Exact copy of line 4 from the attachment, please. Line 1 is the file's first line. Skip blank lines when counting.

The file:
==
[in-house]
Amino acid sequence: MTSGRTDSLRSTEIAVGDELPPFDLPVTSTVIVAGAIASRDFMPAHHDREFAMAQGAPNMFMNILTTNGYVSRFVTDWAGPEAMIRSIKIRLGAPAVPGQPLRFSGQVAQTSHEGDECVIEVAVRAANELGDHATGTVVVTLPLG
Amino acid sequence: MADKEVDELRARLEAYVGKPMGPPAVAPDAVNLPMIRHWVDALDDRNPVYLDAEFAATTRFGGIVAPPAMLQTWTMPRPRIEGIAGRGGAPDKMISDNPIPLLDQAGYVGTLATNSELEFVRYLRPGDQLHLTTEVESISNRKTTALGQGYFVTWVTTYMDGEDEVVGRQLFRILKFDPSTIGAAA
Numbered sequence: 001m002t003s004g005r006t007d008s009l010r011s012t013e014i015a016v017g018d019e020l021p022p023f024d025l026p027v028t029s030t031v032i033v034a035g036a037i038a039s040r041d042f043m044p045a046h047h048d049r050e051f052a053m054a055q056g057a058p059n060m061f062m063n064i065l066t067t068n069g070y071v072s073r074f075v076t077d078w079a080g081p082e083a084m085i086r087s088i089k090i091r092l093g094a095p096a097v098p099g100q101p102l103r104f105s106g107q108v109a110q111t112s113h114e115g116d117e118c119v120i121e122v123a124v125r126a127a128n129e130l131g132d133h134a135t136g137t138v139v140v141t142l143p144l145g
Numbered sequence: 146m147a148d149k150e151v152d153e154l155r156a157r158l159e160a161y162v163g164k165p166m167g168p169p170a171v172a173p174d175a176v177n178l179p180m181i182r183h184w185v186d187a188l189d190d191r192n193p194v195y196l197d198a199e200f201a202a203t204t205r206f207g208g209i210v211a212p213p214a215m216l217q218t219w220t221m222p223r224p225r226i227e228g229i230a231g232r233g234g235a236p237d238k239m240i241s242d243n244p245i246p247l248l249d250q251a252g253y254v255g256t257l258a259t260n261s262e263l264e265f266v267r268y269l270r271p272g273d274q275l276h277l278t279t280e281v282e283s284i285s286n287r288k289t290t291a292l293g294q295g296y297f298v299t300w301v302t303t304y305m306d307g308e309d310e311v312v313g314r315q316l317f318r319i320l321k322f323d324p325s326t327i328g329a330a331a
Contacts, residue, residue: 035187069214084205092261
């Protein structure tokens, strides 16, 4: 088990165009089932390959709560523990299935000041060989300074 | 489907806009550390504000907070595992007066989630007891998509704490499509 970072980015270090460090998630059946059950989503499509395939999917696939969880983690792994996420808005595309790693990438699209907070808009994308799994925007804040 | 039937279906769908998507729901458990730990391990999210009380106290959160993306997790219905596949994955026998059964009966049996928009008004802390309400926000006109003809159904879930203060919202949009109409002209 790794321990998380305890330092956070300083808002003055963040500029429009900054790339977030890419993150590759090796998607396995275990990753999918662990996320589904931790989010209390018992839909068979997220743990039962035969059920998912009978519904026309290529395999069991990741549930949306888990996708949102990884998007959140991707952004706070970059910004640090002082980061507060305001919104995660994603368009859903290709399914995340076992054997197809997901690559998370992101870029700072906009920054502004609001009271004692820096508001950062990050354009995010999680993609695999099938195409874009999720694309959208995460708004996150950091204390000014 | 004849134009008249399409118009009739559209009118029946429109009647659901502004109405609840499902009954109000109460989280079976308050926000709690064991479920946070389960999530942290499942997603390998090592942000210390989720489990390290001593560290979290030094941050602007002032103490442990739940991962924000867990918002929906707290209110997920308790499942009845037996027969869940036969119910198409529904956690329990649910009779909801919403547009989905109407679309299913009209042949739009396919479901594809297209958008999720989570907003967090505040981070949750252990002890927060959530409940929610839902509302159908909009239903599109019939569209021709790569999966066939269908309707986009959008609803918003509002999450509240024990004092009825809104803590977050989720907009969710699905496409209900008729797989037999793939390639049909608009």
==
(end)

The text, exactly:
Numbered sequence: 001m002t003s004g005r006t007d008s009l010r011s012t013e014i015a016v017g018d019e020l021p022p023f024d025l026p027v028t029s030t031v032i033v034a035g036a037i038a039s040r041d042f043m044p045a046h047h048d049r050e051f052a053m054a055q056g057a058p059n060m061f062m063n064i065l066t067t068n069g070y071v072s073r074f075v076t077d078w079a080g081p082e083a084m085i086r087s088i089k090i091r092l093g094a095p096a097v098p099g100q101p102l103r104f105s106g107q108v109a110q111t112s113h114e115g116d117e118c119v120i121e122v123a124v125r126a127a128n129e130l131g132d133h134a135t136g137t138v139v140v141t142l143p144l145g